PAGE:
These 2021 food industry trends look promising—a breath of fresh air after a tough year.
If there’s one thing 2020 has shown, it’s the food industry’s resilience—from Valentine’s Day chocolate trends that in February weren’t predicting a rise in chocolate sales due to a looming pandemic to Halloween candy makers that did some amazing pivots to accommodate social distancing.
What’s next? Here are some significant food manufacturing and industry trends to keep an eye on in the upcoming weeks and months.
1. INGREDIENTS—demand for vibrant, natural food color is on the rise
As consumers around the globe become more aware of food labeling, they’re demanding simple, recognizable product ingredients. That includes food colors and flavors.
You can see the evidence in the markets. As 2020 winds down, the natural food colors and flavor market sits at around USD 5.0 billion, and it’s expected to reach USD 6.8 billion by 2025, according to MarketsandMarkets.
But creating natural, vibrant food colors is not easy. “Manufacturers have struggled to develop shades that are not only vibrant but also have long shelf lives,” reports FoodDive.
That said, the color innovation company GNT is leading the way in natural color development and production.
For instance, GNT is creating natural red hues from edible plants like radish, carrot, sweet potato, and berries, “using physical manufacturing processes and no chemical solvents.”
Products likely to get a splash of natural color in 2021 include plant-based products. Most notably, alternative meat products.
GNT’s red colorants will play a functional role, simulating “blood red” color that changes as cooking progresses, reports FoodIngredientsFirst.
2. FOOD SUPPLY CHAIN—agriculture gets tech upgrades
Without a doubt, 2020 has presented supply chain challenges. However, agriculture is seeing an uptick in innovation tech, including robust investments in new ways to produce and protect crops.
There are several agricultural trends to watch in 2021, according to FoodNavigator. Let’s do a deeper dive into two of the main ag-tech trends and companies that are gearing up for a successful year.
Vertical gardening could lighten the supply chain load.
One of the ways to mitigate supply chain risk is to decrease the distance food must travel. This year, vertical gardening innovators attracted substantial investments to grow healthy food in less space and close to populous areas.
For instance, in 2020, the global company InFarm secured $170 million in funding. The latest capital will allow the company to invest in “infrastructure, research and development and hiring to drive global growth.”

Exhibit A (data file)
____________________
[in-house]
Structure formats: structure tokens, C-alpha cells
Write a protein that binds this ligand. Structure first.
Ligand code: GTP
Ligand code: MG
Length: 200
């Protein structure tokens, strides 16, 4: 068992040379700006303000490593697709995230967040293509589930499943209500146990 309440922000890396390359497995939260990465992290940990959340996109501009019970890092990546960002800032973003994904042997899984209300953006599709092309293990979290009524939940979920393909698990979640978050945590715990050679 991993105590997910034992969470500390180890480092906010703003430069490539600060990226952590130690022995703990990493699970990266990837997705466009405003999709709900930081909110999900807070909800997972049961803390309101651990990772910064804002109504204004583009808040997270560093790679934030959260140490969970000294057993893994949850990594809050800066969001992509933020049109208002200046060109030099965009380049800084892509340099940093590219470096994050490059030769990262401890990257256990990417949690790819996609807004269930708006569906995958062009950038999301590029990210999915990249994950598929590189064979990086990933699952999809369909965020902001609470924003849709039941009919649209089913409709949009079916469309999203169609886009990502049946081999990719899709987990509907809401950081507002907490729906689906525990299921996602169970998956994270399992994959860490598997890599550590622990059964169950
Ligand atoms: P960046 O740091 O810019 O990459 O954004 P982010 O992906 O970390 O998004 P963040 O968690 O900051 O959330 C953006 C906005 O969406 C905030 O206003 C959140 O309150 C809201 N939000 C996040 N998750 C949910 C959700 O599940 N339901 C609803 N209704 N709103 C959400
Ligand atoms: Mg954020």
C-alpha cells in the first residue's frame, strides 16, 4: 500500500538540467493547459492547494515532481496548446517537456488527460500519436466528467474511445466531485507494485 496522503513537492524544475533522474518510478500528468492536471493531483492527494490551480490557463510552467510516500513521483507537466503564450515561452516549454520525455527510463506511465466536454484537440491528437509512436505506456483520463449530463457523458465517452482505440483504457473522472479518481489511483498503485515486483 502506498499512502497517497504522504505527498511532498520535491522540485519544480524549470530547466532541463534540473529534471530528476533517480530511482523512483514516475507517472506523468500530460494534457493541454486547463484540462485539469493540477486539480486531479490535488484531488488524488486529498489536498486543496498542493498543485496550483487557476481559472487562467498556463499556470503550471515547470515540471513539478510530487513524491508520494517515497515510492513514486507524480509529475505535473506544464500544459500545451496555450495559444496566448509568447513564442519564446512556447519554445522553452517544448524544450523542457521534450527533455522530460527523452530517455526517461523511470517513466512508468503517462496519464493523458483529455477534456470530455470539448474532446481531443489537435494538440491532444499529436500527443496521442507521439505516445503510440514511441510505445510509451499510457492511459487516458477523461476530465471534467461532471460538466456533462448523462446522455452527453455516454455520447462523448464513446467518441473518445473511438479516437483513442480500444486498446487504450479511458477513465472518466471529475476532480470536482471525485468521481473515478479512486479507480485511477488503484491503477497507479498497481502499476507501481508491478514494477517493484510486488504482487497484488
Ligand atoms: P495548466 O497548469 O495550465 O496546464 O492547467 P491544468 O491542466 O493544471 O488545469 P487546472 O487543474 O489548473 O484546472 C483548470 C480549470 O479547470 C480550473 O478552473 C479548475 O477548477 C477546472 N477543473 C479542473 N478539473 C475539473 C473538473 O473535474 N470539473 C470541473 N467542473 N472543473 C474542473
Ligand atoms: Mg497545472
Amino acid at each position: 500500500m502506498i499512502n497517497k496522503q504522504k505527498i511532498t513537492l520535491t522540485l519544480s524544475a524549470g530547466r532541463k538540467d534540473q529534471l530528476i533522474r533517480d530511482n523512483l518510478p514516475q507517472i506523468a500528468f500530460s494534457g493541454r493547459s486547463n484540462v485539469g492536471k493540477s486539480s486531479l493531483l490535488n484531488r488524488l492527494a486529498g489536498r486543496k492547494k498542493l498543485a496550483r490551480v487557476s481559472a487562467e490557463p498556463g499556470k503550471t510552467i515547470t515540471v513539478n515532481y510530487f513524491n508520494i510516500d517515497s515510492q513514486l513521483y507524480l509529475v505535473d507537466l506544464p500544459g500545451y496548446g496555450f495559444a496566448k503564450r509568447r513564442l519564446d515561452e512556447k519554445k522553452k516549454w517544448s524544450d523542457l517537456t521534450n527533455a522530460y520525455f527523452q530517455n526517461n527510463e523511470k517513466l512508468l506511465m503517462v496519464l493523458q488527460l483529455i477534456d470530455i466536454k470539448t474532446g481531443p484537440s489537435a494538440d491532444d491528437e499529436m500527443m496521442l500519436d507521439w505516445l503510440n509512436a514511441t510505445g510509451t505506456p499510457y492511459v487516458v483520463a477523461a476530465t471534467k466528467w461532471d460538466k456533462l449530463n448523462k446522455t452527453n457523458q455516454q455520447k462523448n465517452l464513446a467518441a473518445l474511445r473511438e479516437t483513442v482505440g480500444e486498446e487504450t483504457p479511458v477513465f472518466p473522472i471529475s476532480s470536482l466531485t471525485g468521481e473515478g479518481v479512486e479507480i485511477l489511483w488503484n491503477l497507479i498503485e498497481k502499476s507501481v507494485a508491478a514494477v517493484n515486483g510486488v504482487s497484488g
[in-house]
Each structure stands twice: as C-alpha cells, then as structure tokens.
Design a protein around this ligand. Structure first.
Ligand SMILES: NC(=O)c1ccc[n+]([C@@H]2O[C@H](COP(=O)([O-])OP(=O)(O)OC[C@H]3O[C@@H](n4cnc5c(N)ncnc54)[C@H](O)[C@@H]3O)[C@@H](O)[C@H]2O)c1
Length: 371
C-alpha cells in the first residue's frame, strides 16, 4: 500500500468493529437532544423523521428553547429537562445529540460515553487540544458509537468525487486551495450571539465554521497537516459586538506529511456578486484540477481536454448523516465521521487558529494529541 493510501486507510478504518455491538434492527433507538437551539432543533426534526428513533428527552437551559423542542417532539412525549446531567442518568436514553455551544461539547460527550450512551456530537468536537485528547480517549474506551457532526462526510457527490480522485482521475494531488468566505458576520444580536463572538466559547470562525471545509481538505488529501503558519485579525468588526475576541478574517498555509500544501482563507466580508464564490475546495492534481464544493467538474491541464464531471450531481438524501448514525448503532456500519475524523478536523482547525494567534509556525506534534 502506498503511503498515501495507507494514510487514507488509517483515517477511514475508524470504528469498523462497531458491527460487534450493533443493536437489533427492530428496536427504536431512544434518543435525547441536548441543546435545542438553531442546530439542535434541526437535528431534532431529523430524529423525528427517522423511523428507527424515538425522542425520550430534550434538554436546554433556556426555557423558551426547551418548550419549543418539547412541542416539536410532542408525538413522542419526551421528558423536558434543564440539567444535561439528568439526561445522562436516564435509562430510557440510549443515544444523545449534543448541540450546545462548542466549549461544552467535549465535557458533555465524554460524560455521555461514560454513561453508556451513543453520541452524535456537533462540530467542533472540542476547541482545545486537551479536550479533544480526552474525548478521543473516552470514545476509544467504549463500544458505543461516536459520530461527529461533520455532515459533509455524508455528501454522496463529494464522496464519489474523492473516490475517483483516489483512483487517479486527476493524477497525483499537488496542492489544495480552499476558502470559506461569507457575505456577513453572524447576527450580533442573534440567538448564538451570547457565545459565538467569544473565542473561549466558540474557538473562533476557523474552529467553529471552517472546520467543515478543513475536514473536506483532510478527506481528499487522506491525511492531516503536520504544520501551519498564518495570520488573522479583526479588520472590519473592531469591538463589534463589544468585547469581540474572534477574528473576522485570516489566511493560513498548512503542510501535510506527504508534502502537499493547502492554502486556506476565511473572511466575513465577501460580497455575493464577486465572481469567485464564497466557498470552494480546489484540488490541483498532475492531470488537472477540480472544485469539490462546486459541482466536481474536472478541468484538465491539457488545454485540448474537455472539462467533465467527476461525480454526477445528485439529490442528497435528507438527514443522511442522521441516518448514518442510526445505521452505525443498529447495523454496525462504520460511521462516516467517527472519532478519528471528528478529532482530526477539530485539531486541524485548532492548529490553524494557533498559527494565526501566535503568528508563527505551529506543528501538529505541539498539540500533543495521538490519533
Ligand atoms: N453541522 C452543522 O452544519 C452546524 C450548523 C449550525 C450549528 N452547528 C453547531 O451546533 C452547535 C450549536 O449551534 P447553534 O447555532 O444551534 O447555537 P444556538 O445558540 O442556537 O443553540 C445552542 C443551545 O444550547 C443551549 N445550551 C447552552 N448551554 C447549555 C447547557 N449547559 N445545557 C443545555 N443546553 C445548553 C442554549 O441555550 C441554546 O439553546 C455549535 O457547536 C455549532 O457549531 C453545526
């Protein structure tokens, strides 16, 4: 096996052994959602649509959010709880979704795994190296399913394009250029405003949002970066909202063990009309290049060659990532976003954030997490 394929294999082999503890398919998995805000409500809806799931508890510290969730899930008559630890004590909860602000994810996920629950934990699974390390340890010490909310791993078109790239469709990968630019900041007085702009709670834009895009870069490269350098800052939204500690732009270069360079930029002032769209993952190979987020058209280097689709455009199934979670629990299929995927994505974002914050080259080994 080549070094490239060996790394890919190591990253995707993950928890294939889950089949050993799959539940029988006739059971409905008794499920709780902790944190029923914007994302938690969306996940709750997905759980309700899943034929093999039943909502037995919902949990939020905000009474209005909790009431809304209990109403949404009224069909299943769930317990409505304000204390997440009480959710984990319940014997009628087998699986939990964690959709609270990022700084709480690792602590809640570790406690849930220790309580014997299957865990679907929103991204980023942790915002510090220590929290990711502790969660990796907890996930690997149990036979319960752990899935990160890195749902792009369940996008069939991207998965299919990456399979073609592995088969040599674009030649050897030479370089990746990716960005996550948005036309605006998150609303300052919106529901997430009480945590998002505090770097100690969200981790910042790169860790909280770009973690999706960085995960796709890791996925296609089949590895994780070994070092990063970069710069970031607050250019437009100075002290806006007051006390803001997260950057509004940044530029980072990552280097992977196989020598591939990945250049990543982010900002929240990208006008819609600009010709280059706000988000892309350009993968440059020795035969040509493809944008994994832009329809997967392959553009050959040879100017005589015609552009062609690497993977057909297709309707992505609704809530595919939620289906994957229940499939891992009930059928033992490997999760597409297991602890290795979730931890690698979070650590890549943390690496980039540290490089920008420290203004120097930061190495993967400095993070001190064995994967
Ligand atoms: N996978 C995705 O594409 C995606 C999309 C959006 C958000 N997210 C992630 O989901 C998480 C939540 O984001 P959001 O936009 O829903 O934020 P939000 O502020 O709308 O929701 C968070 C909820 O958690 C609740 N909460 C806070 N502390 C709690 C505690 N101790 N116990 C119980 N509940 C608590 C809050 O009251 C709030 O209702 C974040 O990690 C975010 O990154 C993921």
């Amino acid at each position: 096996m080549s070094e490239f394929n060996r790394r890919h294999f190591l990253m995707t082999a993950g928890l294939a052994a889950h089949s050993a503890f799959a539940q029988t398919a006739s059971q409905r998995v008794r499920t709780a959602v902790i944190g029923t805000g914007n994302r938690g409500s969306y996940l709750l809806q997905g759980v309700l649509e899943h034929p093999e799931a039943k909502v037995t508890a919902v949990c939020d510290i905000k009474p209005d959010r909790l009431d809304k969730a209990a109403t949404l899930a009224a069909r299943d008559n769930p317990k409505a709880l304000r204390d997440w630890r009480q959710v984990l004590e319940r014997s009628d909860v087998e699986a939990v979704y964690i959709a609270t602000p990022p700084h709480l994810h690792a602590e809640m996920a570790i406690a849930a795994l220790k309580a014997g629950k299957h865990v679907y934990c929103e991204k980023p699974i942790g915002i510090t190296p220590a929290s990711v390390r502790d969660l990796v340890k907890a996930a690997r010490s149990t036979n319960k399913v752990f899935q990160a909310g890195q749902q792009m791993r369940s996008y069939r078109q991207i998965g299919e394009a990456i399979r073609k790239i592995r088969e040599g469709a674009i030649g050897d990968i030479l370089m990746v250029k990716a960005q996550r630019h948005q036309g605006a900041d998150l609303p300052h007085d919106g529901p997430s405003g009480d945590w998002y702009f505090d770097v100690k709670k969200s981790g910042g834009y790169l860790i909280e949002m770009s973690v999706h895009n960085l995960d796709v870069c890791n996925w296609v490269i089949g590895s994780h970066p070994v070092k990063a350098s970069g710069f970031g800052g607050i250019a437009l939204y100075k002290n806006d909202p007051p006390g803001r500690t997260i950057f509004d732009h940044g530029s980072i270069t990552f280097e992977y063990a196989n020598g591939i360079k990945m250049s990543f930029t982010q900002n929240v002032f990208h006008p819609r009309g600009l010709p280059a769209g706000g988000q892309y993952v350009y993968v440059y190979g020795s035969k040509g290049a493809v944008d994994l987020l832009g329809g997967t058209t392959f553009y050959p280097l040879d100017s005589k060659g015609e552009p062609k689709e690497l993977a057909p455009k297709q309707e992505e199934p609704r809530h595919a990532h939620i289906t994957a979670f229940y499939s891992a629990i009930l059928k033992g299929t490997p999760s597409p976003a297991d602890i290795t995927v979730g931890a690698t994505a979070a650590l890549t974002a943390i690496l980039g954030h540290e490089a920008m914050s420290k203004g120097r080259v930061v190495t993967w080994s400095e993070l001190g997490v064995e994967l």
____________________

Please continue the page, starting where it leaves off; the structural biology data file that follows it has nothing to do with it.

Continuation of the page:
The vertical farming company has already partnered with over 30 major global retailers, including Kroger in the U.S. The startup boasts some impressive stats, including using:
- 99.5% less space
- 95% less water
- 90% less transport
- Zero chemical pesticides
- 90% of electricity for powering the network is from renewable energy sources
Crop protection gets a high-tech boost.
The Food and Agriculture Organization of the United Nations (FAO) “estimates that annually between 20 to 40 percent of global crop production are lost to pests.”
Agriculturists typically battle the pests—from locusts to fruit flies—with pesticides.
However, more significant environmental and health awareness surrounding pesticides is leading to technologically advanced and nature-friendly approaches to controlling food crop pests.
One company, GreenLight, which raised significant funding in 2020, is developing pest control therapies “that work with nature, not against it.”
The RNA-based crop protection products “will help farmers create greener, cleaner crops by precisely targeting a specific pest with non-toxic biocontrols, and without harming beneficial insects or leaving residues in the soil or water,” reports the startup.
3. SUSTAINABILITY—upcycled food is attracting industry leaders
Upcycled food is looking strong for 2021 — a good thing, considering that it’s estimated the U.S. wastes around 30 to 40 percent of the food supply, according to USDA.
Upcycled food programs are becoming more mainstream after several years of creative marketing campaigns and business development.
One organization to watch (or join) is the Upcycled Food Association (UFA). Here’s how they define food upcycling:
“Upcycled foods use ingredients that otherwise would not have gone to human consumption, are procured and produced using verifiable supply chains, and have a positive impact on the environment.”
The non-profit aims to reduce food waste “through research, strategy, networking and policy advocacy.”
So far, they have an impressive list of food industry members, including Nestlé, Dole, Mattson.
As a new member, Dole commented that they aim to achieve zero waste. Joining UFA will help them achieve this goal as the food company looks for “innovative ways to convert less-than-perfect produce into affordable, innovative forms of nutrition.”
New year. New opportunities
As 2020 draws to a close, the food industry, while busy with the holiday season, is winding down from a challenging year.
However, as this year showed and the future promises, the ever-innovative, forward-thinking people who keep food on our tables continue developing new and better ways to manage our food.
Ingredient Exchange helps food manufacturers recover ingredients that would otherwise go to the landfill. Please give us a call to discuss rescuing cash on your expired, surplus, or downgraded product.
Talk to our team today. PH: 314-872-8850
Image: Tijana Drndaski (edited)